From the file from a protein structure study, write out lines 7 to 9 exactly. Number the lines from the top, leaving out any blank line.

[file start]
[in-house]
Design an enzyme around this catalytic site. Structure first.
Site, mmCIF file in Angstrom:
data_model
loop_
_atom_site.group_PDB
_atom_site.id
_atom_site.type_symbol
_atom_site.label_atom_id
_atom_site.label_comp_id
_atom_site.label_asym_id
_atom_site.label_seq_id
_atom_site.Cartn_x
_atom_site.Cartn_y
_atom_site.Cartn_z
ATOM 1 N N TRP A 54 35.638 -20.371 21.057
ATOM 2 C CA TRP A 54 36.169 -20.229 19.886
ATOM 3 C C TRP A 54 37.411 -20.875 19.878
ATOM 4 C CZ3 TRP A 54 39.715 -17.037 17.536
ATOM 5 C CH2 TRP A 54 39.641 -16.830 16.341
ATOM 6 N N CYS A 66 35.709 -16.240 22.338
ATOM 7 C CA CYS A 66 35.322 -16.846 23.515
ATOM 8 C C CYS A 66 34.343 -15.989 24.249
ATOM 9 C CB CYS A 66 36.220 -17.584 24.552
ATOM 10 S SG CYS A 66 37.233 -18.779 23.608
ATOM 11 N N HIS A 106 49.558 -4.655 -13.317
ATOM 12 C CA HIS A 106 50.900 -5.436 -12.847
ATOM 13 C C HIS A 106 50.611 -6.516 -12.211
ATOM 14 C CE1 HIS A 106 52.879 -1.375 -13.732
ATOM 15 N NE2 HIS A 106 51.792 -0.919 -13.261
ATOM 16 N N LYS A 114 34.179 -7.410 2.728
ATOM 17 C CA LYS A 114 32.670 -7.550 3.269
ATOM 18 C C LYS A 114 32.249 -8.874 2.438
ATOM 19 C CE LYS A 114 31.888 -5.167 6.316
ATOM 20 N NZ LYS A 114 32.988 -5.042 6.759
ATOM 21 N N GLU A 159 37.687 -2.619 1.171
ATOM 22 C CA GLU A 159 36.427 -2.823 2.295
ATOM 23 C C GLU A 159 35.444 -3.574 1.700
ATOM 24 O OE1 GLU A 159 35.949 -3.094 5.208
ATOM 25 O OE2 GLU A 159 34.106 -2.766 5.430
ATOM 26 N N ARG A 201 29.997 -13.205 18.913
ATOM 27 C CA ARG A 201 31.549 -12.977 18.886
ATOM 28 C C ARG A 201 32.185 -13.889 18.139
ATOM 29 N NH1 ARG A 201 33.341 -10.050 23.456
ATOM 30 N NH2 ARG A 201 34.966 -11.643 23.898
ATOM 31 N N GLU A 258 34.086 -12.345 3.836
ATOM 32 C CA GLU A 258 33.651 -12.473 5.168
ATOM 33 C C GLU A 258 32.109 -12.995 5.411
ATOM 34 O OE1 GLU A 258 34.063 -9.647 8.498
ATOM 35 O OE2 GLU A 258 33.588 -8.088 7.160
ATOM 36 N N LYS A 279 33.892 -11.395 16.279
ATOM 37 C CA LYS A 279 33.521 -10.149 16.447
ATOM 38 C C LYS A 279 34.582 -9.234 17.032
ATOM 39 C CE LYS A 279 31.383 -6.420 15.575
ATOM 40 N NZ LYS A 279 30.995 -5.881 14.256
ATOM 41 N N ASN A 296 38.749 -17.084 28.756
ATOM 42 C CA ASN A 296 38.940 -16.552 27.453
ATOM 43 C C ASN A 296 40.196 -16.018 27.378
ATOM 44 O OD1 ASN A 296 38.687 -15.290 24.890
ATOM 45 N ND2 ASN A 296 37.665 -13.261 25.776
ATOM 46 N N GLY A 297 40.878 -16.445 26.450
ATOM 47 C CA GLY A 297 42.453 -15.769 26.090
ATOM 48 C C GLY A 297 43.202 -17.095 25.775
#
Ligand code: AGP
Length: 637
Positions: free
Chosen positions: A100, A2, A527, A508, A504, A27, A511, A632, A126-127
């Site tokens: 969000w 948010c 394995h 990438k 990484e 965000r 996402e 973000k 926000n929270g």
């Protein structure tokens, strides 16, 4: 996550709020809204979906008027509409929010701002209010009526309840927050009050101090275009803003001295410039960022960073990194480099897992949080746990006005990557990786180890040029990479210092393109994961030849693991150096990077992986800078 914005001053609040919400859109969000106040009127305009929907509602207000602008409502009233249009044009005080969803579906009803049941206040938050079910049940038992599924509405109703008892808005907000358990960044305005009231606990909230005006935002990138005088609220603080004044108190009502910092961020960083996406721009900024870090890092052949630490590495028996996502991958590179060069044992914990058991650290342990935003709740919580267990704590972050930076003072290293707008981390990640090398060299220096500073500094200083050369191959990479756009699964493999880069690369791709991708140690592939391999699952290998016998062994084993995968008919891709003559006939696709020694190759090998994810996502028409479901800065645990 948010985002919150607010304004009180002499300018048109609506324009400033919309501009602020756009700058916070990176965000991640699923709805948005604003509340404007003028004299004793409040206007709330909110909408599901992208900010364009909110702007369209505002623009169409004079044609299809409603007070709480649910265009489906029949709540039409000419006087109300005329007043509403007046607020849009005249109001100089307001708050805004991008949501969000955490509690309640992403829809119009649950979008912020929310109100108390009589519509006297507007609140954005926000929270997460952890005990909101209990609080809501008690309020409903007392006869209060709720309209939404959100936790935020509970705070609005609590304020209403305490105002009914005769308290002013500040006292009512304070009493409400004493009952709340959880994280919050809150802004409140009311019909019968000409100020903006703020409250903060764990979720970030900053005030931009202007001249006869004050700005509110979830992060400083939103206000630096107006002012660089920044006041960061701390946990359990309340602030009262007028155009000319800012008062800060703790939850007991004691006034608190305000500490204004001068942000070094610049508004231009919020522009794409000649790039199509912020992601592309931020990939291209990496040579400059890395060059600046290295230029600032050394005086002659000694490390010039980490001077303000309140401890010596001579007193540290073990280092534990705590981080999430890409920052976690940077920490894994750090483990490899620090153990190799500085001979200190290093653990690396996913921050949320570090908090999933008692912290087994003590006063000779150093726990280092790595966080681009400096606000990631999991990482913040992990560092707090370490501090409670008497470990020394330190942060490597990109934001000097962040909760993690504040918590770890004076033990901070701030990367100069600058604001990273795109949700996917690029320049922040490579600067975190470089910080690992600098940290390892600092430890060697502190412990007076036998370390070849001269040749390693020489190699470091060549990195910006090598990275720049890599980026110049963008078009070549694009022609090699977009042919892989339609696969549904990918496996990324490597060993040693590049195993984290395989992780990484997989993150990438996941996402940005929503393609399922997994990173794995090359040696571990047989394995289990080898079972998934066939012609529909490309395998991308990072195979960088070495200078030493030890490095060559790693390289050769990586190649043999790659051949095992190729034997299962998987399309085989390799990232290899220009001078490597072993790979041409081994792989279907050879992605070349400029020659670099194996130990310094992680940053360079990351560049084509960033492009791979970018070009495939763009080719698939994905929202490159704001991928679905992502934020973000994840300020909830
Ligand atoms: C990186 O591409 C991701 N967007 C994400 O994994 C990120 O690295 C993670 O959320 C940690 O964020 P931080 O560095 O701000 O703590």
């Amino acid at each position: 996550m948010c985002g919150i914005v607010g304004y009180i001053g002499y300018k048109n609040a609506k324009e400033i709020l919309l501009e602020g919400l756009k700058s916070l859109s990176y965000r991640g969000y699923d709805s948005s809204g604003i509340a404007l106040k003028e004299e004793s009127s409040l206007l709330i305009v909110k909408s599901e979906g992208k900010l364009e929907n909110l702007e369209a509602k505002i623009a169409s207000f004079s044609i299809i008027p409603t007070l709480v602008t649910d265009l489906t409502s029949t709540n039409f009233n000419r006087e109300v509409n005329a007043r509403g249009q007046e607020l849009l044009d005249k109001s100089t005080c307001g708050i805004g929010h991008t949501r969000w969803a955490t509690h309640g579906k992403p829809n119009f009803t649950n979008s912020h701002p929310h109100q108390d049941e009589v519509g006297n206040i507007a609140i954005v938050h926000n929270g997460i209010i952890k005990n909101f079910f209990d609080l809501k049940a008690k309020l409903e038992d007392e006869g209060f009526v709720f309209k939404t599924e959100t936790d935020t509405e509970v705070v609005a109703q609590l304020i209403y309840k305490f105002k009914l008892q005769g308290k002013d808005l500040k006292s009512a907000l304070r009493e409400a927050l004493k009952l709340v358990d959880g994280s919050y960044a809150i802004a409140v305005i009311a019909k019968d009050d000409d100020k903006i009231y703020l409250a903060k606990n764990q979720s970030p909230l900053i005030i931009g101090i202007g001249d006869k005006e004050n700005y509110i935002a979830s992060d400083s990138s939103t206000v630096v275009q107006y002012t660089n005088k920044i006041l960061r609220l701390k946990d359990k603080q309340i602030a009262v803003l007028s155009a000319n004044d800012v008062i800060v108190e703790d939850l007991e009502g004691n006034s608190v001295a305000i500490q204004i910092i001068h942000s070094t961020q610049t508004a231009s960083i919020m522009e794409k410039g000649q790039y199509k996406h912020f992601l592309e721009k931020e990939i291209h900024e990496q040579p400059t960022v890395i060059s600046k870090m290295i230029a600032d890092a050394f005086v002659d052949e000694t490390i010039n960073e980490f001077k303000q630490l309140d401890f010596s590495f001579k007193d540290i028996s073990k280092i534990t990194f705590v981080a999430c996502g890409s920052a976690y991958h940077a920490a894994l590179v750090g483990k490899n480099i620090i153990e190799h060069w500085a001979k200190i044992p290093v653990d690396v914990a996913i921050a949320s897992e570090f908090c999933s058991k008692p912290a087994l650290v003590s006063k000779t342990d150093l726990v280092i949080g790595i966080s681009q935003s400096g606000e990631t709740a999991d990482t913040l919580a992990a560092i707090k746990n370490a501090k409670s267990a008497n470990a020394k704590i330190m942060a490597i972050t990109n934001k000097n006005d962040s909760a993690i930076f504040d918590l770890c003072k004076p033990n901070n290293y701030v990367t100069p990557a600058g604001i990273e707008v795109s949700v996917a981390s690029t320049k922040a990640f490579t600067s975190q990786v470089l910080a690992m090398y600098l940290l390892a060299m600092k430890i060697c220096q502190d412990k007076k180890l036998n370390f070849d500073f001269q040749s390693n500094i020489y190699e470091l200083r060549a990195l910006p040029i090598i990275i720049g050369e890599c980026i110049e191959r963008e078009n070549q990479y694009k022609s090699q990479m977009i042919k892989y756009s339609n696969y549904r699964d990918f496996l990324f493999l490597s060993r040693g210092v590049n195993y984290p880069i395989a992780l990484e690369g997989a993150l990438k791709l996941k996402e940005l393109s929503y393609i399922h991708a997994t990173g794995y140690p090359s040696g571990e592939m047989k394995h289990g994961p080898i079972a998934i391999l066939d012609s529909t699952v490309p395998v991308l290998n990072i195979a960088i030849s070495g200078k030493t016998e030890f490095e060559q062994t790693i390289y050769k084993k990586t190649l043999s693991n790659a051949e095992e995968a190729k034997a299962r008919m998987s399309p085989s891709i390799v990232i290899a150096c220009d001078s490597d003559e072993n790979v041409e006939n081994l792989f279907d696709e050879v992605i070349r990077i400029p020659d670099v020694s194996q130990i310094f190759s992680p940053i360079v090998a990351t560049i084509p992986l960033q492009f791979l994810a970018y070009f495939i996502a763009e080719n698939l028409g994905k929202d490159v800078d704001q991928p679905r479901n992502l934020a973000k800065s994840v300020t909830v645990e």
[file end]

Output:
_atom_site.id
_atom_site.type_symbol
_atom_site.label_atom_id